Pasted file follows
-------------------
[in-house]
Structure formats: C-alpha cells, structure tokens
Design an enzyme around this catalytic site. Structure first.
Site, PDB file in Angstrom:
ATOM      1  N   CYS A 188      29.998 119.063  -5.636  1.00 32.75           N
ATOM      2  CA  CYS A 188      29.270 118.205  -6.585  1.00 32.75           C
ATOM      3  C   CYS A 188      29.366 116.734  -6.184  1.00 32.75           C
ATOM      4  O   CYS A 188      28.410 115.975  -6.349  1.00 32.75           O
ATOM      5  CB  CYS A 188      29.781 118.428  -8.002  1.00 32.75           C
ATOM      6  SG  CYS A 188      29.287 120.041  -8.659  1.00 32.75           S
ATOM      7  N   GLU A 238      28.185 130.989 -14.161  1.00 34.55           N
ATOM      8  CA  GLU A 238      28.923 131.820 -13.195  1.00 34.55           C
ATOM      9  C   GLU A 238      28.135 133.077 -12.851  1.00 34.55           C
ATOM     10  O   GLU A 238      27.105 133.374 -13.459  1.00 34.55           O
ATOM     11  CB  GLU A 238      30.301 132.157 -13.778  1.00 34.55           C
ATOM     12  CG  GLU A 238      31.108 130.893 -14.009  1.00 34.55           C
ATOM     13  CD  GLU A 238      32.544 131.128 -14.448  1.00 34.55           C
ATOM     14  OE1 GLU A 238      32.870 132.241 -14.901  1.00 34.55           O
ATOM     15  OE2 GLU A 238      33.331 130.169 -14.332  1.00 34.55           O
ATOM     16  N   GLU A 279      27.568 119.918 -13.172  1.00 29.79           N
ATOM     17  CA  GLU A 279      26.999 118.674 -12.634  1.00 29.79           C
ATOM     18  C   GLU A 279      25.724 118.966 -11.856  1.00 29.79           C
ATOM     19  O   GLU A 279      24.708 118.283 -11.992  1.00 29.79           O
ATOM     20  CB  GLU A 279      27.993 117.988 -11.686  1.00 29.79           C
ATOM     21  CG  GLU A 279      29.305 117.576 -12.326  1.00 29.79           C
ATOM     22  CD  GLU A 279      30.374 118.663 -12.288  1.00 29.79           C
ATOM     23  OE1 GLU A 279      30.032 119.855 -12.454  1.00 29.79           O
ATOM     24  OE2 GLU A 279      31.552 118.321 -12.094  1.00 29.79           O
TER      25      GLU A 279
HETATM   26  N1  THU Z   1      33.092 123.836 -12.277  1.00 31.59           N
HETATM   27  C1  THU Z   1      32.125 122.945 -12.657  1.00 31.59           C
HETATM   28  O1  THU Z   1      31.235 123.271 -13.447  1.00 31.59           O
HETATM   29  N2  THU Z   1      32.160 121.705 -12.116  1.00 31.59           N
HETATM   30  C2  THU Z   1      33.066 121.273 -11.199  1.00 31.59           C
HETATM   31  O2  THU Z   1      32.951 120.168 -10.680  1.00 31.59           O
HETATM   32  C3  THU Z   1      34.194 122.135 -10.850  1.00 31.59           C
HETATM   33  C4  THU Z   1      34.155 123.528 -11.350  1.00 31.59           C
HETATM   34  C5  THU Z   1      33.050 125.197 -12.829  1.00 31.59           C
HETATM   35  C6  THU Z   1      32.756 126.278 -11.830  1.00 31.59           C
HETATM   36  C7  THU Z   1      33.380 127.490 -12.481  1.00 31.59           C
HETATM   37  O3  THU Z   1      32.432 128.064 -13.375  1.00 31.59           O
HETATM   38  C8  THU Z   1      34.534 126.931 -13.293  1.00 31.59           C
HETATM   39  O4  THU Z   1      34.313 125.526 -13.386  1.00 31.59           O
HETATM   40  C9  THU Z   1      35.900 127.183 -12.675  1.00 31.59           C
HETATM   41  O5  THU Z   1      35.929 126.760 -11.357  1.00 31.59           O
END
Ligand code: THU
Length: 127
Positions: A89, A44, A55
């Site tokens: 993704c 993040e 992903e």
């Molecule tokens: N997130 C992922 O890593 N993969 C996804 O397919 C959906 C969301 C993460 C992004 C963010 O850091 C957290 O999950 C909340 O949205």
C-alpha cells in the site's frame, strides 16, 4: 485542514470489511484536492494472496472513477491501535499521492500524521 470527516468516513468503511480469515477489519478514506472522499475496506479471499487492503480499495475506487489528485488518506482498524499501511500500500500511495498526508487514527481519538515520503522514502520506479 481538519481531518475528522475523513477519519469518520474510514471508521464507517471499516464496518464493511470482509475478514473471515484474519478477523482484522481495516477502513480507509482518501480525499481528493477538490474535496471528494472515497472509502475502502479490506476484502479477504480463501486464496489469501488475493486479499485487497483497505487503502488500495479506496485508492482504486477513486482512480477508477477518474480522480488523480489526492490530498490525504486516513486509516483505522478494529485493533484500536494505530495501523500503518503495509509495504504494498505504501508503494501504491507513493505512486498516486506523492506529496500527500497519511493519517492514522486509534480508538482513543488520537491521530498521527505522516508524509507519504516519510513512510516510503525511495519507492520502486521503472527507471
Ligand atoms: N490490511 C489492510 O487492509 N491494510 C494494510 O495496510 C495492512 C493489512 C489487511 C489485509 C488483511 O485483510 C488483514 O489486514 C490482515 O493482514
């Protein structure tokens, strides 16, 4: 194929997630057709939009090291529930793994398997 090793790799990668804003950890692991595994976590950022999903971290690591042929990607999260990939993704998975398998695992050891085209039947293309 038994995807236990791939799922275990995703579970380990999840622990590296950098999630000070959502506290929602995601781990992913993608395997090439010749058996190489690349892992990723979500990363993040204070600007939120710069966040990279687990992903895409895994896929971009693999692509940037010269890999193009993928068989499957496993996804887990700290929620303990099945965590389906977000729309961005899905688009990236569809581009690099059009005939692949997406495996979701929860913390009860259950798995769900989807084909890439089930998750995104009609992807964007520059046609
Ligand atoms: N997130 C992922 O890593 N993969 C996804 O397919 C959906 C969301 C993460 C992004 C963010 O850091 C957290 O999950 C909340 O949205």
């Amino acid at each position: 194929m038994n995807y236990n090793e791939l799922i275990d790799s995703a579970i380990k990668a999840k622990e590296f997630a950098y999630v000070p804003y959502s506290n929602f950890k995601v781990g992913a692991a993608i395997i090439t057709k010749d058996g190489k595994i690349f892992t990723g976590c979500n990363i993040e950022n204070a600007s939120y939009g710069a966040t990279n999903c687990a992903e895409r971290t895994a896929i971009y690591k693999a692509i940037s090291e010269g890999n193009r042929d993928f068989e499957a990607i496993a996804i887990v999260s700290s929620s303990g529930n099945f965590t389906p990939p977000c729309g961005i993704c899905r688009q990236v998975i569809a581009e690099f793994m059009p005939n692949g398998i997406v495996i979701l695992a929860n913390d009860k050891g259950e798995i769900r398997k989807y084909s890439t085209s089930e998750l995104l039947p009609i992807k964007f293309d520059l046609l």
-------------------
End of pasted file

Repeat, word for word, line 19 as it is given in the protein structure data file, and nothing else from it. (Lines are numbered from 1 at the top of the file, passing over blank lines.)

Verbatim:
ATOM     15  OE2 GLU A 238      33.331 130.169 -14.332  1.00 34.55           O